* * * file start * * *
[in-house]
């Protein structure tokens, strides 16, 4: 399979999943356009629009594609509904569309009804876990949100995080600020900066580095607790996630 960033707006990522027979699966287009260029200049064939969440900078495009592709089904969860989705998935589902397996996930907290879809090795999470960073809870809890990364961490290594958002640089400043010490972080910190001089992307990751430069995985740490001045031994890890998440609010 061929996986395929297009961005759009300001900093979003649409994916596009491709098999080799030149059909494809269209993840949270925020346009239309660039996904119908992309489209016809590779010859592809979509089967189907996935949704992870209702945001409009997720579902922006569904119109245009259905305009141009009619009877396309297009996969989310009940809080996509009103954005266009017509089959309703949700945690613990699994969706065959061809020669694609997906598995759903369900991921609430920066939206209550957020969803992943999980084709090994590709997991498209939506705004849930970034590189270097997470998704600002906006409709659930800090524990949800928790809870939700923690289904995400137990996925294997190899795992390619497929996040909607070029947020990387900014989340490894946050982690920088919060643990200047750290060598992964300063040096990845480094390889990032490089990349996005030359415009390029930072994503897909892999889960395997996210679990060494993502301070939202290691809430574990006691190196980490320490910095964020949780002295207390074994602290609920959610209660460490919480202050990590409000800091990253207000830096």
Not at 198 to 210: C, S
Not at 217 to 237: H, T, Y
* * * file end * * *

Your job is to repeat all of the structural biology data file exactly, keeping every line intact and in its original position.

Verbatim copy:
[in-house]
């Protein structure tokens, strides 16, 4: 399979999943356009629009594609509904569309009804876990949100995080600020900066580095607790996630 960033707006990522027979699966287009260029200049064939969440900078495009592709089904969860989705998935589902397996996930907290879809090795999470960073809870809890990364961490290594958002640089400043010490972080910190001089992307990751430069995985740490001045031994890890998440609010 061929996986395929297009961005759009300001900093979003649409994916596009491709098999080799030149059909494809269209993840949270925020346009239309660039996904119908992309489209016809590779010859592809979509089967189907996935949704992870209702945001409009997720579902922006569904119109245009259905305009141009009619009877396309297009996969989310009940809080996509009103954005266009017509089959309703949700945690613990699994969706065959061809020669694609997906598995759903369900991921609430920066939206209550957020969803992943999980084709090994590709997991498209939506705004849930970034590189270097997470998704600002906006409709659930800090524990949800928790809870939700923690289904995400137990996925294997190899795992390619497929996040909607070029947020990387900014989340490894946050982690920088919060643990200047750290060598992964300063040096990845480094390889990032490089990349996005030359415009390029930072994503897909892999889960395997996210679990060494993502301070939202290691809430574990006691190196980490320490910095964020949780002295207390074994602290609920959610209660460490919480202050990590409000800091990253207000830096």
Not at 198 to 210: C, S
Not at 217 to 237: H, T, Y